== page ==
Although Laybourne was the first to hold a Michelin star in Newcastle, it came and went as his food philosophy changed, and it’s this more relaxed line of thinking which he favours today. ‘The current crop have brought a new level of expertise, but it’s not really for me. Maybe it’s similar to Formula One, where the level of technical expertise is exceptional and nailed down to perfection, but I find it boring. I think in the late '60s when there were skinny tyres, less power, and for most of the lap the driver was out of control, it was much more exciting!’ He smiles at his analogy, but as with most sporting analogies, it needs some qualification. ‘That’s not to say I don’t appreciate that level of expertise. It’s just not for me. I’m more interested in places that stimulate your soul and your mind.’ From Geordie wannabe-chef to a philosopher of food, Laybourne has come a long way. The good news is that the journey seems far from over. To give his thoughts an element of reality, he cites a restaurant he’s just been to in Berlin which, ironically, does have a Michelin star: the surprisingly-named Cookies Cream. ‘If you think you’re lost, you’re almost there is what they say when giving directions. It’s in a place you wouldn’t believe, but the anticipation is brilliant. I don’t suppose they spent more than £30 on the fit out!’ He smiles and continues; ‘The staff are edgy, the food’s great, and it was a truly memorable experience.’ All that in a vegetarian restaurant. So what, I ask him, of the vegetarian/vegan phenomenon? ‘Vegan is really here to stay. People are really taking it seriously, especially educated females. We haven’t taken vegetarians seriously enough for too long, we’ve got to start. In fact, it’s my mission for the year.’
I smile to myself when I think of The Broad Chare, his excellent pub-restaurant that nestles a few doors up. It’s a meat-lovers heaven, but variety is clearly the spice of life and the culinary road can go in many directions. So where is his going? ‘I don’t know where the journey goes. A new restaurant is unlikely. I might do another pub, if the right opportunity came up, but my ambition is to take the summer off.’ In addition to his restaurants, Terry has been busy in Fenwick – not shopping, but, together with a progressive team there, revitalising a potentially sedentary space with a new, vibrant food hall, boasting a variety of excellent eateries. He has also worked with the Lakes Distillery in Cumbria, overseeing their food offering. It seems he’s certainly not taking it easy. ‘When I stopped cooking I needed to keep stimulating my mind,’ he continues. ‘You have to keep striving, keep agile, but it probably would’ve been cheaper if I’d stayed in the kitchen!’ Once again, he smiles, and quickly adds, ‘but I have no regrets.’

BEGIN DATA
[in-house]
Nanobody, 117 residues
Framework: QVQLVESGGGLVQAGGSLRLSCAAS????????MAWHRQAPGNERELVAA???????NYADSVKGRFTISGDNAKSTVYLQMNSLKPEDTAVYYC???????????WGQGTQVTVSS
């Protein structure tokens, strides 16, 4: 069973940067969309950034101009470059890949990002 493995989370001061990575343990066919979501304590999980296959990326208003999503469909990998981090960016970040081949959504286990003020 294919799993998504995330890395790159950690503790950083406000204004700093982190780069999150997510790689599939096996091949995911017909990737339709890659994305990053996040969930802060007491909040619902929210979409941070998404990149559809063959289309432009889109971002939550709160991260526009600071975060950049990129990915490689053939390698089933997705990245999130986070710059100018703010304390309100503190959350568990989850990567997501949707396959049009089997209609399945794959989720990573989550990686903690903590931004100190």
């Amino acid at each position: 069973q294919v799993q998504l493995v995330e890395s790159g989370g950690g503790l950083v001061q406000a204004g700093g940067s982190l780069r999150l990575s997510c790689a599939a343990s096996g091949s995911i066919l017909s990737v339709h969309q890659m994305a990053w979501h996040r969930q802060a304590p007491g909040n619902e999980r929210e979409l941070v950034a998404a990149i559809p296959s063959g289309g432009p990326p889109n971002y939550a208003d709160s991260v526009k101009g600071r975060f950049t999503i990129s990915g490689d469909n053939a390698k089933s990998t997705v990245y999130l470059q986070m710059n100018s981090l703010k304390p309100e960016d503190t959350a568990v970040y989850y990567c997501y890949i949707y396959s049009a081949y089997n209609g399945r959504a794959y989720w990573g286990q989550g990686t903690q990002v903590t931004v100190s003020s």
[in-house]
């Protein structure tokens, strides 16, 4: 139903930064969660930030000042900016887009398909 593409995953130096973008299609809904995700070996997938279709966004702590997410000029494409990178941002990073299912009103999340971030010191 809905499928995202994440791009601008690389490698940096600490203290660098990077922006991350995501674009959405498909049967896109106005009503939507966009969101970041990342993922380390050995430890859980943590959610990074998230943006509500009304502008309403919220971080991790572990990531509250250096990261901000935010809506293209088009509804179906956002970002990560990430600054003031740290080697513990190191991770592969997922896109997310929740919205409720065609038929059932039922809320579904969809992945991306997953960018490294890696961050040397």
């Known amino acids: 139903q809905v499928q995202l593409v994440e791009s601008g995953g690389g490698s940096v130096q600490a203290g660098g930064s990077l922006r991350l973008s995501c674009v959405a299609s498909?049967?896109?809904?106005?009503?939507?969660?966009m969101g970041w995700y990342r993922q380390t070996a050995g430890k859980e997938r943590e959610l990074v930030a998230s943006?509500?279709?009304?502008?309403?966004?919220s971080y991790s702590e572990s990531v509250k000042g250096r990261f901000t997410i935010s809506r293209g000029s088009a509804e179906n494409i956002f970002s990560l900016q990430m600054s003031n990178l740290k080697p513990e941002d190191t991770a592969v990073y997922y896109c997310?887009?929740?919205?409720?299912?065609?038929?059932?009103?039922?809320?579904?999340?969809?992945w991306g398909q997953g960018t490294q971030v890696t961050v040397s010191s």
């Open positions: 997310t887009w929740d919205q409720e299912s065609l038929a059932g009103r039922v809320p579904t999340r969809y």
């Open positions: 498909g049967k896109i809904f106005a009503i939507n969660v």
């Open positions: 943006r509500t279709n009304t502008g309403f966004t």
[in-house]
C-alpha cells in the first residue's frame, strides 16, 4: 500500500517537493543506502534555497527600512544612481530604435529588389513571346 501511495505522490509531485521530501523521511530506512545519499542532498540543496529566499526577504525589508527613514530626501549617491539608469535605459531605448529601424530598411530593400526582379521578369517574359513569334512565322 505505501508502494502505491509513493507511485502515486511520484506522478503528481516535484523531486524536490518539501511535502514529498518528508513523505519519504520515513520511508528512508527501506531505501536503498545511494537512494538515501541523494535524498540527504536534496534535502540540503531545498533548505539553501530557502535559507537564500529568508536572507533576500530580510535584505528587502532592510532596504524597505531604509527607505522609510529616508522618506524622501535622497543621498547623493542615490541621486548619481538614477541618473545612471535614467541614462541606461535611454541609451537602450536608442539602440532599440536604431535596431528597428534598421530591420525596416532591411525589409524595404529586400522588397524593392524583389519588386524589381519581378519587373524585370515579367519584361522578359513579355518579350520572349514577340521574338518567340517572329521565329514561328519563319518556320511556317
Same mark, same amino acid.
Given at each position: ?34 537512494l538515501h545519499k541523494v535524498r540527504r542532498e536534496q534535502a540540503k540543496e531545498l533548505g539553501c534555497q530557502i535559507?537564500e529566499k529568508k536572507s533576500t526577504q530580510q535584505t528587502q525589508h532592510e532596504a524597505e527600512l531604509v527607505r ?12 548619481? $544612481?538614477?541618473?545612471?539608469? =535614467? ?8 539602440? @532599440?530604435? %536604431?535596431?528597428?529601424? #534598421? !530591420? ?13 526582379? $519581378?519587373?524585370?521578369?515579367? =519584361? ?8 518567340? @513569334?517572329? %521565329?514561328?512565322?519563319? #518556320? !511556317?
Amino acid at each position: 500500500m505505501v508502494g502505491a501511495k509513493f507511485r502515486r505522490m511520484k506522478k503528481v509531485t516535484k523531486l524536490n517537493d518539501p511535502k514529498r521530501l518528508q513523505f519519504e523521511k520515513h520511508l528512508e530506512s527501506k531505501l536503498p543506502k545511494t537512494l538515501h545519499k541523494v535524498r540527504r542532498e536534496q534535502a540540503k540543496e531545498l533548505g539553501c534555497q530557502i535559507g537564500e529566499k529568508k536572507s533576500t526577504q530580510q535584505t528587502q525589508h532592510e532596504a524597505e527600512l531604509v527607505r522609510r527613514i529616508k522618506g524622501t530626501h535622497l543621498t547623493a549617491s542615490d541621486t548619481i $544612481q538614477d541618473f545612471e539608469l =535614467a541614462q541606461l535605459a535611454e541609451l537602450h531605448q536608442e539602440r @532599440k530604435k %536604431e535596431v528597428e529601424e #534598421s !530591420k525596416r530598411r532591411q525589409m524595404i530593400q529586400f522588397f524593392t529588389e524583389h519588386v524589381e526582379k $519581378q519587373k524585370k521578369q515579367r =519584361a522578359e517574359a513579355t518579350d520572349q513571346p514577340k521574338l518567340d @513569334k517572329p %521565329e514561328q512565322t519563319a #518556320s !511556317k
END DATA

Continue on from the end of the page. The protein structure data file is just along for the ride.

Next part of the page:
In the last 20 years, the hot topics have often revolved around local produce and seasonality. In a changing world, these words have sometimes become overused and are almost excuses, rather than reasons for how a chef might serve their community. At which point, he starts to dream: ‘If I could do it all again, I would be in a country house, grow lots in the garden, plan menus over the breakfast table based on what’s fresh in the garden, then I’d go to the market. I’d have a coffee and chat and buy all I needed.’ He wakes up from his restaurant reverie and adds, more realistically: ‘but, do you know, sometimes local produce just isn’t good enough. It’s almost impossible to produce without the scale and the infrastructure.’ From romantic to realist within a minute.